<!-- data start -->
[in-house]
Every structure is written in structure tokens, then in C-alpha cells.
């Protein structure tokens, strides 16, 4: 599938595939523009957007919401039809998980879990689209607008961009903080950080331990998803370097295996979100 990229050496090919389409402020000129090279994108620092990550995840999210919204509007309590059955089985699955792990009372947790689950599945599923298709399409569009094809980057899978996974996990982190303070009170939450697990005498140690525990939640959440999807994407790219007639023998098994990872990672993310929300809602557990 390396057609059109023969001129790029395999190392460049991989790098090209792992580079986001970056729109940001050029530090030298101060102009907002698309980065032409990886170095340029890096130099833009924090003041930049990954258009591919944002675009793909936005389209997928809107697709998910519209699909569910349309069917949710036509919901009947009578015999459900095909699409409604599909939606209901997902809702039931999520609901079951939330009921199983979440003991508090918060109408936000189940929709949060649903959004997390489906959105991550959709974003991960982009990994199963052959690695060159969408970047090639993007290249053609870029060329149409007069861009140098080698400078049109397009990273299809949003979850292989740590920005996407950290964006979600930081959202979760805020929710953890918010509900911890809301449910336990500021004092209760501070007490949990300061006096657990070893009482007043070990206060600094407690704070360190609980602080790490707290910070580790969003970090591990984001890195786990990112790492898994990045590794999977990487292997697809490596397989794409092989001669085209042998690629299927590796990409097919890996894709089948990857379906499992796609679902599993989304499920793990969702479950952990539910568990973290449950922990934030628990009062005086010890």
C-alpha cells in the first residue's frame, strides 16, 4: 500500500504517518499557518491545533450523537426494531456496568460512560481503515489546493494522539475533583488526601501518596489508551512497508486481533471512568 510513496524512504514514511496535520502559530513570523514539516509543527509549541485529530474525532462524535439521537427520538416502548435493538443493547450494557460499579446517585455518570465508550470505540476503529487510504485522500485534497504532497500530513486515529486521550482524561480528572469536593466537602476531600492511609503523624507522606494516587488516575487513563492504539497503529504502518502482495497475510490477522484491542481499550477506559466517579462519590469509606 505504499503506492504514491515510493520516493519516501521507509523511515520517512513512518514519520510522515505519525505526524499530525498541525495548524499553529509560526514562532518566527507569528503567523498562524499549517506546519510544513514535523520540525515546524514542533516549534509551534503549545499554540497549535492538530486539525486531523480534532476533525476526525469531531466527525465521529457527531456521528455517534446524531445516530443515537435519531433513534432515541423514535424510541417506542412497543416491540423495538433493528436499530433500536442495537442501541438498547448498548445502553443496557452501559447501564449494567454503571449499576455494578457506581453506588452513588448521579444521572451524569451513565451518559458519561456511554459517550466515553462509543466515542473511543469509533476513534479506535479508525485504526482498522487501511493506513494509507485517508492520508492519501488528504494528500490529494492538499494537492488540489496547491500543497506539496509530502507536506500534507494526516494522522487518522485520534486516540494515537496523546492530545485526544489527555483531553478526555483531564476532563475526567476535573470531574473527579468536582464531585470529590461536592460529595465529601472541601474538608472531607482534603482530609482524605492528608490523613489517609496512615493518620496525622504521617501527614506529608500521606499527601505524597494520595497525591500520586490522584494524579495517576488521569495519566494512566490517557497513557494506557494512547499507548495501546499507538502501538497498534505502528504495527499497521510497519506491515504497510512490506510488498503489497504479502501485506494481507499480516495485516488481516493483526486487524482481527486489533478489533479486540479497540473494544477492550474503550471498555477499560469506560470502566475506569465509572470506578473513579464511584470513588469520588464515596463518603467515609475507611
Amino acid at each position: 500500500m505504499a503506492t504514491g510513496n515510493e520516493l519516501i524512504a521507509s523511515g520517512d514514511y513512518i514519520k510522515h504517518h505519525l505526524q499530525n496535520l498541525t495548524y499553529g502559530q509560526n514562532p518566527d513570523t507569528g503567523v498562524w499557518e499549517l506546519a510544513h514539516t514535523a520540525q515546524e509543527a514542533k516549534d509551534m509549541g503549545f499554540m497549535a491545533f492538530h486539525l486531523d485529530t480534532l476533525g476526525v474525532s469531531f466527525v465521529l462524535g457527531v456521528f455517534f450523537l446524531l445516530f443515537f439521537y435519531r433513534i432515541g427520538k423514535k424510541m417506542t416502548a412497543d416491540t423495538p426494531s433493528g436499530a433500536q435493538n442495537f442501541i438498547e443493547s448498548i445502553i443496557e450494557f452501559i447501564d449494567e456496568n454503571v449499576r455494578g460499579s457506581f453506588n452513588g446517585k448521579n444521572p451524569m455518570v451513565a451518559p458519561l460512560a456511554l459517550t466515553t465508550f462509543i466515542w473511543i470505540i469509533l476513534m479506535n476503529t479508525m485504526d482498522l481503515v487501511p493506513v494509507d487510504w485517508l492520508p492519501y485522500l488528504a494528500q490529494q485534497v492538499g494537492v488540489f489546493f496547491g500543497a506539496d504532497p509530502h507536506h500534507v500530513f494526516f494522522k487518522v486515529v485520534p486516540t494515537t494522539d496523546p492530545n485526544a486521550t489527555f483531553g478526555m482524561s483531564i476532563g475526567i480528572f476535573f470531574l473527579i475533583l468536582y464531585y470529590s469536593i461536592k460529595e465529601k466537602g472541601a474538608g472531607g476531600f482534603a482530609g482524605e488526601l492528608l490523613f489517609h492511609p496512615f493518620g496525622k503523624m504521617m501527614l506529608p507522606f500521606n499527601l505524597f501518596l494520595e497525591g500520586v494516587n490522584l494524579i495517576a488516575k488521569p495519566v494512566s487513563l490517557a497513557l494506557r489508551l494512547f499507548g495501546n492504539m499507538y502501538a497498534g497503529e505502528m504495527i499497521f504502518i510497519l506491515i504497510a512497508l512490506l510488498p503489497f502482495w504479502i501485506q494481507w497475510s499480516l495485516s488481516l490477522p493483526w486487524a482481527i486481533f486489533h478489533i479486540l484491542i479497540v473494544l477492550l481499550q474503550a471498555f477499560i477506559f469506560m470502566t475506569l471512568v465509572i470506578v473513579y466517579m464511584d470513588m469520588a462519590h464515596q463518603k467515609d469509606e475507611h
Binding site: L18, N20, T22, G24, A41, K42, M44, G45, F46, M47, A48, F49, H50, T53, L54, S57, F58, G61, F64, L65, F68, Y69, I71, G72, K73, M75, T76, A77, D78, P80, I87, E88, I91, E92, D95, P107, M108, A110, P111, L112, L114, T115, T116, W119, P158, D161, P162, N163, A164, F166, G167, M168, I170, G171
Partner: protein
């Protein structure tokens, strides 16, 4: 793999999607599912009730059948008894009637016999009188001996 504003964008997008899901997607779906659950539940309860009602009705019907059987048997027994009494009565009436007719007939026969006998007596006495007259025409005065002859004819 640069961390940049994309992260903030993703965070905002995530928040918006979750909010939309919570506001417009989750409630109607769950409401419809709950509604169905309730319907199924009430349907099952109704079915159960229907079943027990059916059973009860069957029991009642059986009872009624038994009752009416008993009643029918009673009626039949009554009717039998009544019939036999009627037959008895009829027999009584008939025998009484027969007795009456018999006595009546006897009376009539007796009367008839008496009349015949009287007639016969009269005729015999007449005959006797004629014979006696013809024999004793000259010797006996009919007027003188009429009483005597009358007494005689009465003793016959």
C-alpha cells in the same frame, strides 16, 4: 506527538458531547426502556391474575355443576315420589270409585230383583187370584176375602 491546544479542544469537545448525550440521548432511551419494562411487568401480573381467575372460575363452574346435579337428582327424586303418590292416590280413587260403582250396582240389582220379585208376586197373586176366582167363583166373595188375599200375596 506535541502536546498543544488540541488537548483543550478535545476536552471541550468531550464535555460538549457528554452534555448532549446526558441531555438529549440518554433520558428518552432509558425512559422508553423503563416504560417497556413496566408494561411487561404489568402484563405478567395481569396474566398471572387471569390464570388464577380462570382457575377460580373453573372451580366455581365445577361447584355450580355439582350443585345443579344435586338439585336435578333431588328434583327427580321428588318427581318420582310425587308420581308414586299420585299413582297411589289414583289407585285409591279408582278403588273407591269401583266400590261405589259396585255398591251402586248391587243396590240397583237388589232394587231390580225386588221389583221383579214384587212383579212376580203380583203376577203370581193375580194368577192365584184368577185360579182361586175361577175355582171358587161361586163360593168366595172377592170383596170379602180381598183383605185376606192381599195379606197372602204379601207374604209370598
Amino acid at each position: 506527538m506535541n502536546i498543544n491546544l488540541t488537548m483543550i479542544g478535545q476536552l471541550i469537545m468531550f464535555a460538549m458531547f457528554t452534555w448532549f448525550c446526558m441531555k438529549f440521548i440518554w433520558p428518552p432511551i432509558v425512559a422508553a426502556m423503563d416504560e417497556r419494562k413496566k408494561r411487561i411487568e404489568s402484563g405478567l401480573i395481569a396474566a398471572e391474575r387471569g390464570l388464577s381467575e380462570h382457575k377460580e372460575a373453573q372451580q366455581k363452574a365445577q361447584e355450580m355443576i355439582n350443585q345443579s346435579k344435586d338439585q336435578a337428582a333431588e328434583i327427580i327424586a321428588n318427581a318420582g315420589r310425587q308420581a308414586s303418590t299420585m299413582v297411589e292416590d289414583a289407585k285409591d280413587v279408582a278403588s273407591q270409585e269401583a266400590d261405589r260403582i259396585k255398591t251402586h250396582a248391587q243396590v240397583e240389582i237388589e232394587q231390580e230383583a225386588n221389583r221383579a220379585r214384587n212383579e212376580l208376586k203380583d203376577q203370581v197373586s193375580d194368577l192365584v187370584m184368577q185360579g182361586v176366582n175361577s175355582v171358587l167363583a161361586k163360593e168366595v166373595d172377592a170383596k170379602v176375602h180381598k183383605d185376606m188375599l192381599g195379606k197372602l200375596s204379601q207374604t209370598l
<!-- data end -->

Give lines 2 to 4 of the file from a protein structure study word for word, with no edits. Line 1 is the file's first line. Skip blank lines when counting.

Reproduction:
Every structure is written in structure tokens, then in C-alpha cells.
């Protein structure tokens, strides 16, 4: 599938595939523009957007919401039809998980879990689209607008961009903080950080331990998803370097295996979100 990229050496090919389409402020000129090279994108620092990550995840999210919204509007309590059955089985699955792990009372947790689950599945599923298709399409569009094809980057899978996974996990982190303070009170939450697990005498140690525990939640959440999807994407790219007639023998098994990872990672993310929300809602557990 390396057609059109023969001129790029395999190392460049991989790098090209792992580079986001970056729109940001050029530090030298101060102009907002698309980065032409990886170095340029890096130099833009924090003041930049990954258009591919944002675009793909936005389209997928809107697709998910519209699909569910349309069917949710036509919901009947009578015999459900095909699409409604599909939606209901997902809702039931999520609901079951939330009921199983979440003991508090918060109408936000189940929709949060649903959004997390489906959105991550959709974003991960982009990994199963052959690695060159969408970047090639993007290249053609870029060329149409007069861009140098080698400078049109397009990273299809949003979850292989740590920005996407950290964006979600930081959202979760805020929710953890918010509900911890809301449910336990500021004092209760501070007490949990300061006096657990070893009482007043070990206060600094407690704070360190609980602080790490707290910070580790969003970090591990984001890195786990990112790492898994990045590794999977990487292997697809490596397989794409092989001669085209042998690629299927590796990409097919890996894709089948990857379906499992796609679902599993989304499920793990969702479950952990539910568990973290449950922990934030628990009062005086010890």
C-alpha cells in the first residue's frame, strides 16, 4: 500500500504517518499557518491545533450523537426494531456496568460512560481503515489546493494522539475533583488526601501518596489508551512497508486481533471512568 510513496524512504514514511496535520502559530513570523514539516509543527509549541485529530474525532462524535439521537427520538416502548435493538443493547450494557460499579446517585455518570465508550470505540476503529487510504485522500485534497504532497500530513486515529486521550482524561480528572469536593466537602476531600492511609503523624507522606494516587488516575487513563492504539497503529504502518502482495497475510490477522484491542481499550477506559466517579462519590469509606 505504499503506492504514491515510493520516493519516501521507509523511515520517512513512518514519520510522515505519525505526524499530525498541525495548524499553529509560526514562532518566527507569528503567523498562524499549517506546519510544513514535523520540525515546524514542533516549534509551534503549545499554540497549535492538530486539525486531523480534532476533525476526525469531531466527525465521529457527531456521528455517534446524531445516530443515537435519531433513534432515541423514535424510541417506542412497543416491540423495538433493528436499530433500536442495537442501541438498547448498548445502553443496557452501559447501564449494567454503571449499576455494578457506581453506588452513588448521579444521572451524569451513565451518559458519561456511554459517550466515553462509543466515542473511543469509533476513534479506535479508525485504526482498522487501511493506513494509507485517508492520508492519501488528504494528500490529494492538499494537492488540489496547491500543497506539496509530502507536506500534507494526516494522522487518522485520534486516540494515537496523546492530545485526544489527555483531553478526555483531564476532563475526567476535573470531574473527579468536582464531585470529590461536592460529595465529601472541601474538608472531607482534603482530609482524605492528608490523613489517609496512615493518620496525622504521617501527614506529608500521606499527601505524597494520595497525591500520586490522584494524579495517576488521569495519566494512566490517557497513557494506557494512547499507548495501546499507538502501538497498534505502528504495527499497521510497519506491515504497510512490506510488498503489497504479502501485506494481507499480516495485516488481516493483526486487524482481527486489533478489533479486540479497540473494544477492550474503550471498555477499560469506560470502566475506569465509572470506578473513579464511584470513588469520588464515596463518603467515609475507611